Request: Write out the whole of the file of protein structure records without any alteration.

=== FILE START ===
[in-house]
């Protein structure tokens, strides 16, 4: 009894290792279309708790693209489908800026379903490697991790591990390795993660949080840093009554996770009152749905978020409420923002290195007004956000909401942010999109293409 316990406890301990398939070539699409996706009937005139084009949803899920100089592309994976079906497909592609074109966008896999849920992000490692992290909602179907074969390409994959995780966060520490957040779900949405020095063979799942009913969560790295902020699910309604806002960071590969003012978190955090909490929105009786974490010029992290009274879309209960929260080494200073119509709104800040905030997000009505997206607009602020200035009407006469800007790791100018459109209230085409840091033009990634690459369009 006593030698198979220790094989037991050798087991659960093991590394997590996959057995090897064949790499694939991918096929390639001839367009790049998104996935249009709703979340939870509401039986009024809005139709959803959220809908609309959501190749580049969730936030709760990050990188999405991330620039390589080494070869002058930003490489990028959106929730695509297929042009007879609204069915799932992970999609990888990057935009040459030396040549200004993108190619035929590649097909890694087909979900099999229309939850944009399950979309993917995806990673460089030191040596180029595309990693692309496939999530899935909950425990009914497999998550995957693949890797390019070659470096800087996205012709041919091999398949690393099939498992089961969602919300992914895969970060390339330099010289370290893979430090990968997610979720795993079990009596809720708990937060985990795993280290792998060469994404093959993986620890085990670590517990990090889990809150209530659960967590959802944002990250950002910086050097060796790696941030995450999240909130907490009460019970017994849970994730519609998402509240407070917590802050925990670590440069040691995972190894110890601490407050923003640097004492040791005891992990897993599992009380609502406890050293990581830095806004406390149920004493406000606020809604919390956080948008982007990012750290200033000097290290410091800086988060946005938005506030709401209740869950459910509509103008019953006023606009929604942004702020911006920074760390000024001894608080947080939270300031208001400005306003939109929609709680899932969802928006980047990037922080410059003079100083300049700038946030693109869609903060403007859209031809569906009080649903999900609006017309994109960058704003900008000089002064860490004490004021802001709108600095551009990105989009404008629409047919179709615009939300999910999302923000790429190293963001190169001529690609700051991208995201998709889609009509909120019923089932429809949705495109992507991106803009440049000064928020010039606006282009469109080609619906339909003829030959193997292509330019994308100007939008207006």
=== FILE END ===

[in-house]
């Protein structure tokens, strides 16, 4: 009894290792279309708790693209489908800026379903490697991790591990390795993660949080840093009554996770009152749905978020409420923002290195007004956000909401942010999109293409 316990406890301990398939070539699409996706009937005139084009949803899920100089592309994976079906497909592609074109966008896999849920992000490692992290909602179907074969390409994959995780966060520490957040779900949405020095063979799942009913969560790295902020699910309604806002960071590969003012978190955090909490929105009786974490010029992290009274879309209960929260080494200073119509709104800040905030997000009505997206607009602020200035009407006469800007790791100018459109209230085409840091033009990634690459369009 006593030698198979220790094989037991050798087991659960093991590394997590996959057995090897064949790499694939991918096929390639001839367009790049998104996935249009709703979340939870509401039986009024809005139709959803959220809908609309959501190749580049969730936030709760990050990188999405991330620039390589080494070869002058930003490489990028959106929730695509297929042009007879609204069915799932992970999609990888990057935009040459030396040549200004993108190619035929590649097909890694087909979900099999229309939850944009399950979309993917995806990673460089030191040596180029595309990693692309496939999530899935909950425990009914497999998550995957693949890797390019070659470096800087996205012709041919091999398949690393099939498992089961969602919300992914895969970060390339330099010289370290893979430090990968997610979720795993079990009596809720708990937060985990795993280290792998060469994404093959993986620890085990670590517990990090889990809150209530659960967590959802944002990250950002910086050097060796790696941030995450999240909130907490009460019970017994849970994730519609998402509240407070917590802050925990670590440069040691995972190894110890601490407050923003640097004492040791005891992990897993599992009380609502406890050293990581830095806004406390149920004493406000606020809604919390956080948008982007990012750290200033000097290290410091800086988060946005938005506030709401209740869950459910509509103008019953006023606009929604942004702020911006920074760390000024001894608080947080939270300031208001400005306003939109929609709680899932969802928006980047990037922080410059003079100083300049700038946030693109869609903060403007859209031809569906009080649903999900609006017309994109960058704003900008000089002064860490004490004021802001709108600095551009990105989009404008629409047919179709615009939300999910999302923000790429190293963001190169001529690609700051991208995201998709889609009509909120019923089932429809949705495109992507991106803009440049000064928020010039606006282009469109080609619906339909003829030959193997292509330019994308100007939008207006």